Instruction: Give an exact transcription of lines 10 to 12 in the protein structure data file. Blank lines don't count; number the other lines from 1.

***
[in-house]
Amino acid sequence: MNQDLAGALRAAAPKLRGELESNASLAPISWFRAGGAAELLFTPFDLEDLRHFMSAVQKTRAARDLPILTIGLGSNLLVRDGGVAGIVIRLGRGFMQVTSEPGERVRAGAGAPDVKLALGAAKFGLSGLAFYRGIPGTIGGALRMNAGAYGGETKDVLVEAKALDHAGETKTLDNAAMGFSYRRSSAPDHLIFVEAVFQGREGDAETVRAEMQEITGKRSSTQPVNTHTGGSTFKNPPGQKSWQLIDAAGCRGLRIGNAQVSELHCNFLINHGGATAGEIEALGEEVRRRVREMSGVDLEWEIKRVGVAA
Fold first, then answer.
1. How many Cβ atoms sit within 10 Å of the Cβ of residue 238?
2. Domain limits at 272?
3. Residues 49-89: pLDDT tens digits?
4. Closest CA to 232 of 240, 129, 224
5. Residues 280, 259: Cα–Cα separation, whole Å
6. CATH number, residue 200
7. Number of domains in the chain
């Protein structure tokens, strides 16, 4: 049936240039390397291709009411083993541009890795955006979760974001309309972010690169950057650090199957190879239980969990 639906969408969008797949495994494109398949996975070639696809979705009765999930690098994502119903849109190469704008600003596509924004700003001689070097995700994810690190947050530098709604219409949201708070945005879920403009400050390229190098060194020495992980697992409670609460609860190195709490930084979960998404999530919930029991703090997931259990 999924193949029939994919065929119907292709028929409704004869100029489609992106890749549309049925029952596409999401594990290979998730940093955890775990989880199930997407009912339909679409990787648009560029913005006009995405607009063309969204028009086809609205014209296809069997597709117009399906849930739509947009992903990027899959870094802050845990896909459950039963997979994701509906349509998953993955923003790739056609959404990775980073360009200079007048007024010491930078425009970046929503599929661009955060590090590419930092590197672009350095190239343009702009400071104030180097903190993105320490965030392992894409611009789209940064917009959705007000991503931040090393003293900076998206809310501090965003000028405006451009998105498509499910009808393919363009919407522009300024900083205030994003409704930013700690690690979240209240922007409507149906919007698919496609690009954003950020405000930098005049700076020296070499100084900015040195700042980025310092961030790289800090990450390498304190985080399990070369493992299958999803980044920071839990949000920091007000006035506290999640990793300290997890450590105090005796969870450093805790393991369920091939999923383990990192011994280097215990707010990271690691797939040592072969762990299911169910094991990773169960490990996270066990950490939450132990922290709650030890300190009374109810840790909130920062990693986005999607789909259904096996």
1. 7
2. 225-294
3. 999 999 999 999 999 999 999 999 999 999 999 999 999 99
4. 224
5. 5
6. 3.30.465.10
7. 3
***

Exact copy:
7. Number of domains in the chain
């Protein structure tokens, strides 16, 4: 049936240039390397291709009411083993541009890795955006979760974001309309972010690169950057650090199957190879239980969990 639906969408969008797949495994494109398949996975070639696809979705009765999930690098994502119903849109190469704008600003596509924004700003001689070097995700994810690190947050530098709604219409949201708070945005879920403009400050390229190098060194020495992980697992409670609460609860190195709490930084979960998404999530919930029991703090997931259990 999924193949029939994919065929119907292709028929409704004869100029489609992106890749549309049925029952596409999401594990290979998730940093955890775990989880199930997407009912339909679409990787648009560029913005006009995405607009063309969204028009086809609205014209296809069997597709117009399906849930739509947009992903990027899959870094802050845990896909459950039963997979994701509906349509998953993955923003790739056609959404990775980073360009200079007048007024010491930078425009970046929503599929661009955060590090590419930092590197672009350095190239343009702009400071104030180097903190993105320490965030392992894409611009789209940064917009959705007000991503931040090393003293900076998206809310501090965003000028405006451009998105498509499910009808393919363009919407522009300024900083205030994003409704930013700690690690979240209240922007409507149906919007698919496609690009954003950020405000930098005049700076020296070499100084900015040195700042980025310092961030790289800090990450390498304190985080399990070369493992299958999803980044920071839990949000920091007000006035506290999640990793300290997890450590105090005796969870450093805790393991369920091939999923383990990192011994280097215990707010990271690691797939040592072969762990299911169910094991990773169960490990996270066990950490939450132990922290709650030890300190009374109810840790909130920062990693986005999607789909259904096996």
1. 7